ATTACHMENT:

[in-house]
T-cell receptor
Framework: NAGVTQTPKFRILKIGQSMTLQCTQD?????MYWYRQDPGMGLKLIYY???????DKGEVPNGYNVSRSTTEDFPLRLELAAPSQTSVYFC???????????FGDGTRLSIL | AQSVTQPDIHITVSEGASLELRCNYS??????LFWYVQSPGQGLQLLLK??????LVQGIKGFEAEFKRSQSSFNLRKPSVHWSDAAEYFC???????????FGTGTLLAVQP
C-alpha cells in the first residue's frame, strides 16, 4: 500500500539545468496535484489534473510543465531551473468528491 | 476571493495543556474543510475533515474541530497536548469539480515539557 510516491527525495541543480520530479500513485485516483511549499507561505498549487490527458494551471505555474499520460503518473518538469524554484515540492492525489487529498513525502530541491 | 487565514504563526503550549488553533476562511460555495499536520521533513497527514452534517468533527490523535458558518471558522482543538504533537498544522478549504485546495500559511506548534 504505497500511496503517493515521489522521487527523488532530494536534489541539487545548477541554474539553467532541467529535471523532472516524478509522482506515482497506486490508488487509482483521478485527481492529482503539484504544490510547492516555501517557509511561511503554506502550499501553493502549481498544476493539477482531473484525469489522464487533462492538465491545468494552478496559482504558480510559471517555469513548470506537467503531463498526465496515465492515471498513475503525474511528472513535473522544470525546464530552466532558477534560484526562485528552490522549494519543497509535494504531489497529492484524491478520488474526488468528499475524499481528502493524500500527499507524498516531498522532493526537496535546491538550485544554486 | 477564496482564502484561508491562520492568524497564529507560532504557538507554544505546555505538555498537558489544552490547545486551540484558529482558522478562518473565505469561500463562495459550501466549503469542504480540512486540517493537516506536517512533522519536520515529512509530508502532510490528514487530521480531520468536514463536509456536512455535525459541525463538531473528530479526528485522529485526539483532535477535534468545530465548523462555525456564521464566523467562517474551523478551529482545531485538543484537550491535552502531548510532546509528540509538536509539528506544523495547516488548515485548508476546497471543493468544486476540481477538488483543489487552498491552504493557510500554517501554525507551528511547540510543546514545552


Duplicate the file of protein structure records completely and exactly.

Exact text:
[in-house]
T-cell receptor
Framework: NAGVTQTPKFRILKIGQSMTLQCTQD?????MYWYRQDPGMGLKLIYY???????DKGEVPNGYNVSRSTTEDFPLRLELAAPSQTSVYFC???????????FGDGTRLSIL | AQSVTQPDIHITVSEGASLELRCNYS??????LFWYVQSPGQGLQLLLK??????LVQGIKGFEAEFKRSQSSFNLRKPSVHWSDAAEYFC???????????FGTGTLLAVQP
C-alpha cells in the first residue's frame, strides 16, 4: 500500500539545468496535484489534473510543465531551473468528491 | 476571493495543556474543510475533515474541530497536548469539480515539557 510516491527525495541543480520530479500513485485516483511549499507561505498549487490527458494551471505555474499520460503518473518538469524554484515540492492525489487529498513525502530541491 | 487565514504563526503550549488553533476562511460555495499536520521533513497527514452534517468533527490523535458558518471558522482543538504533537498544522478549504485546495500559511506548534 504505497500511496503517493515521489522521487527523488532530494536534489541539487545548477541554474539553467532541467529535471523532472516524478509522482506515482497506486490508488487509482483521478485527481492529482503539484504544490510547492516555501517557509511561511503554506502550499501553493502549481498544476493539477482531473484525469489522464487533462492538465491545468494552478496559482504558480510559471517555469513548470506537467503531463498526465496515465492515471498513475503525474511528472513535473522544470525546464530552466532558477534560484526562485528552490522549494519543497509535494504531489497529492484524491478520488474526488468528499475524499481528502493524500500527499507524498516531498522532493526537496535546491538550485544554486 | 477564496482564502484561508491562520492568524497564529507560532504557538507554544505546555505538555498537558489544552490547545486551540484558529482558522478562518473565505469561500463562495459550501466549503469542504480540512486540517493537516506536517512533522519536520515529512509530508502532510490528514487530521480531520468536514463536509456536512455535525459541525463538531473528530479526528485522529485526539483532535477535534468545530465548523462555525456564521464566523467562517474551523478551529482545531485538543484537550491535552502531548510532546509528540509538536509539528506544523495547516488548515485548508476546497471543493468544486476540481477538488483543489487552498491552504493557510500554517501554525507551528511547540510543546514545552